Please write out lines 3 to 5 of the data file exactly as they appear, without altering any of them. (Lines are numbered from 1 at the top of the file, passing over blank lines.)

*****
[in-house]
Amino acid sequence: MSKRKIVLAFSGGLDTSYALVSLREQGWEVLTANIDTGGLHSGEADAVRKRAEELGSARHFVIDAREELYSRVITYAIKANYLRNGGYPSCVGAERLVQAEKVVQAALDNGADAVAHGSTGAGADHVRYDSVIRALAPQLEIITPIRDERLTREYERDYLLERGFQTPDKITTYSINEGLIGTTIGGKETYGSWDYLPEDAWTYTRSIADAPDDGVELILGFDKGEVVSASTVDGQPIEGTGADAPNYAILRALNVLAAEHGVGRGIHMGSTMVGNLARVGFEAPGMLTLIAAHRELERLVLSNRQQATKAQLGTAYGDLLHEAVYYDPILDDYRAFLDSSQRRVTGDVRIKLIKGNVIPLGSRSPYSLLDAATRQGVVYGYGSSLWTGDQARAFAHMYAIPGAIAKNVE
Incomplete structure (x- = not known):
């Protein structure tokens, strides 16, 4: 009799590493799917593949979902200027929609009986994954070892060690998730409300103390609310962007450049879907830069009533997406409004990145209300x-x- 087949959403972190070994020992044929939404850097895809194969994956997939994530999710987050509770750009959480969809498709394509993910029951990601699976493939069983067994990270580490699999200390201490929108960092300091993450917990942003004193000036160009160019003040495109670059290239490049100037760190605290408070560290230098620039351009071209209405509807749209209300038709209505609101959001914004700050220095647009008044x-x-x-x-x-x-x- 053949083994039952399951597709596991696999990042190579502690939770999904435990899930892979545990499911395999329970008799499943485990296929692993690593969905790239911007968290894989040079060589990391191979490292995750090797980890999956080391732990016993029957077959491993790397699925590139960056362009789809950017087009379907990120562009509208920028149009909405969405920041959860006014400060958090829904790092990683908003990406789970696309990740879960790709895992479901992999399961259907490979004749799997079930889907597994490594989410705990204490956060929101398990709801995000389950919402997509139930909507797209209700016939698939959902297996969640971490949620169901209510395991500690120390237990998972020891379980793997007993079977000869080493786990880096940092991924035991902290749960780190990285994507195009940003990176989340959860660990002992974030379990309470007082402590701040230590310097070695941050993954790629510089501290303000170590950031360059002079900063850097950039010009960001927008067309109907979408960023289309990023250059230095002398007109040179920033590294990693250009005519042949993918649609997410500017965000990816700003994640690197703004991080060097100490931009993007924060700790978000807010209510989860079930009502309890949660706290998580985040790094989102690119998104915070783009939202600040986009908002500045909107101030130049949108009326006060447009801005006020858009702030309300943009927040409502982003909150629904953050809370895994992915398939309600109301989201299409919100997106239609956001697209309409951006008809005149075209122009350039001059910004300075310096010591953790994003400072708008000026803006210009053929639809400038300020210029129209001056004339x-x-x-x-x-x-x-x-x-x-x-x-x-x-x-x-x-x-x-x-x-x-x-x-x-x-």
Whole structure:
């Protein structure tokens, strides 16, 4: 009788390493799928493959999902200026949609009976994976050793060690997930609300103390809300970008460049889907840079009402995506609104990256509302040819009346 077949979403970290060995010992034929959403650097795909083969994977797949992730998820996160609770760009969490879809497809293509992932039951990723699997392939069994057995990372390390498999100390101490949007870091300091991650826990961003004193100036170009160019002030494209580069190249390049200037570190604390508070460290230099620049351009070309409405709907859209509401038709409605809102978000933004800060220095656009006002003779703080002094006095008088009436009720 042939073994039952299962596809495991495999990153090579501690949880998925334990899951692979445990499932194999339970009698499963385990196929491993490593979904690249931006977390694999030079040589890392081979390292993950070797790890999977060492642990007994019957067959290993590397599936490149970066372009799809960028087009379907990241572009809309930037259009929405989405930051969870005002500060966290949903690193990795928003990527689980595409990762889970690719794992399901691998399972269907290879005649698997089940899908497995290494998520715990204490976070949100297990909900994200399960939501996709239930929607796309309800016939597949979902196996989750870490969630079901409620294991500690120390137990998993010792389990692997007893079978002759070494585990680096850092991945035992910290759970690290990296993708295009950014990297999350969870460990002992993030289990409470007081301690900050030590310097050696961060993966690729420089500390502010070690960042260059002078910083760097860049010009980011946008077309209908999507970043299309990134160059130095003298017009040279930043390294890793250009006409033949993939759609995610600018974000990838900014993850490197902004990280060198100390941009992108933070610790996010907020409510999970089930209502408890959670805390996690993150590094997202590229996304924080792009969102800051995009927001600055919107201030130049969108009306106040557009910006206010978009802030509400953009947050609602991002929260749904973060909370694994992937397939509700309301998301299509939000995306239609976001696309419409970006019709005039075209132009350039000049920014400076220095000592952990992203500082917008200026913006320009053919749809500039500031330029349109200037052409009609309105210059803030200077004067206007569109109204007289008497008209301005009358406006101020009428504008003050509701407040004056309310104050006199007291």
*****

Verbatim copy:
Incomplete structure (x- = not known):
């Protein structure tokens, strides 16, 4: 009799590493799917593949979902200027929609009986994954070892060690998730409300103390609310962007450049879907830069009533997406409004990145209300x-x- 087949959403972190070994020992044929939404850097895809194969994956997939994530999710987050509770750009959480969809498709394509993910029951990601699976493939069983067994990270580490699999200390201490929108960092300091993450917990942003004193000036160009160019003040495109670059290239490049100037760190605290408070560290230098620039351009071209209405509807749209209300038709209505609101959001914004700050220095647009008044x-x-x-x-x-x-x- 053949083994039952399951597709596991696999990042190579502690939770999904435990899930892979545990499911395999329970008799499943485990296929692993690593969905790239911007968290894989040079060589990391191979490292995750090797980890999956080391732990016993029957077959491993790397699925590139960056362009789809950017087009379907990120562009509208920028149009909405969405920041959860006014400060958090829904790092990683908003990406789970696309990740879960790709895992479901992999399961259907490979004749799997079930889907597994490594989410705990204490956060929101398990709801995000389950919402997509139930909507797209209700016939698939959902297996969640971490949620169901209510395991500690120390237990998972020891379980793997007993079977000869080493786990880096940092991924035991902290749960780190990285994507195009940003990176989340959860660990002992974030379990309470007082402590701040230590310097070695941050993954790629510089501290303000170590950031360059002079900063850097950039010009960001927008067309109907979408960023289309990023250059230095002398007109040179920033590294990693250009005519042949993918649609997410500017965000990816700003994640690197703004991080060097100490931009993007924060700790978000807010209510989860079930009502309890949660706290998580985040790094989102690119998104915070783009939202600040986009908002500045909107101030130049949108009326006060447009801005006020858009702030309300943009927040409502982003909150629904953050809370895994992915398939309600109301989201299409919100997106239609956001697209309409951006008809005149075209122009350039001059910004300075310096010591953790994003400072708008000026803006210009053929639809400038300020210029129209001056004339x-x-x-x-x-x-x-x-x-x-x-x-x-x-x-x-x-x-x-x-x-x-x-x-x-x-």
Whole structure: